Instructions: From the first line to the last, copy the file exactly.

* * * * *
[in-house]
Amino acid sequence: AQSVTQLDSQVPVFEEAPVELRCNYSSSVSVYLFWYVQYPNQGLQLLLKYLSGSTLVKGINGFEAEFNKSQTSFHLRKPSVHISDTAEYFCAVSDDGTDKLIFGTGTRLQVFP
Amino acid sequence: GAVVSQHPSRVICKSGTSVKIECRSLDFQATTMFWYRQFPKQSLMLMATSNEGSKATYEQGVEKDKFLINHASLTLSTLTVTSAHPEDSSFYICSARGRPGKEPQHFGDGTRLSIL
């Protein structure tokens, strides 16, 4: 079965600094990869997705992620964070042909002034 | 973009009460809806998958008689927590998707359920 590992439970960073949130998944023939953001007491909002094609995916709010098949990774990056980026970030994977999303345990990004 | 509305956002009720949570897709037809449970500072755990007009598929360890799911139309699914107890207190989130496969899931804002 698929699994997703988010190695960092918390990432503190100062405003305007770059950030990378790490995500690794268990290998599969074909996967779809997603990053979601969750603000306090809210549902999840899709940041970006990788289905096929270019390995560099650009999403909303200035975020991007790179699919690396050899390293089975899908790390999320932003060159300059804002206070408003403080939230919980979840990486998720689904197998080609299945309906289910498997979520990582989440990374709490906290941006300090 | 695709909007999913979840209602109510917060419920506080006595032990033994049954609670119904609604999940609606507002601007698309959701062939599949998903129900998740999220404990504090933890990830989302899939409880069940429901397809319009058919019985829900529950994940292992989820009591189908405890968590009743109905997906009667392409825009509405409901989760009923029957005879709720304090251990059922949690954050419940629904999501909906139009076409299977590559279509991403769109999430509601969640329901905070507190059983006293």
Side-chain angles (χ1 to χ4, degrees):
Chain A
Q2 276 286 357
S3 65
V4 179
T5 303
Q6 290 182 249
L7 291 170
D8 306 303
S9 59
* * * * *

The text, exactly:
[in-house]
Amino acid sequence: AQSVTQLDSQVPVFEEAPVELRCNYSSSVSVYLFWYVQYPNQGLQLLLKYLSGSTLVKGINGFEAEFNKSQTSFHLRKPSVHISDTAEYFCAVSDDGTDKLIFGTGTRLQVFP
Amino acid sequence: GAVVSQHPSRVICKSGTSVKIECRSLDFQATTMFWYRQFPKQSLMLMATSNEGSKATYEQGVEKDKFLINHASLTLSTLTVTSAHPEDSSFYICSARGRPGKEPQHFGDGTRLSIL
């Protein structure tokens, strides 16, 4: 079965600094990869997705992620964070042909002034 | 973009009460809806998958008689927590998707359920 590992439970960073949130998944023939953001007491909002094609995916709010098949990774990056980026970030994977999303345990990004 | 509305956002009720949570897709037809449970500072755990007009598929360890799911139309699914107890207190989130496969899931804002 698929699994997703988010190695960092918390990432503190100062405003305007770059950030990378790490995500690794268990290998599969074909996967779809997603990053979601969750603000306090809210549902999840899709940041970006990788289905096929270019390995560099650009999403909303200035975020991007790179699919690396050899390293089975899908790390999320932003060159300059804002206070408003403080939230919980979840990486998720689904197998080609299945309906289910498997979520990582989440990374709490906290941006300090 | 695709909007999913979840209602109510917060419920506080006595032990033994049954609670119904609604999940609606507002601007698309959701062939599949998903129900998740999220404990504090933890990830989302899939409880069940429901397809319009058919019985829900529950994940292992989820009591189908405890968590009743109905997906009667392409825009509405409901989760009923029957005879709720304090251990059922949690954050419940629904999501909906139009076409299977590559279509991403769109999430509601969640329901905070507190059983006293």
Side-chain angles (χ1 to χ4, degrees):
Chain A
Q2 276 286 357
S3 65
V4 179
T5 303
Q6 290 182 249
L7 291 170
D8 306 303
S9 59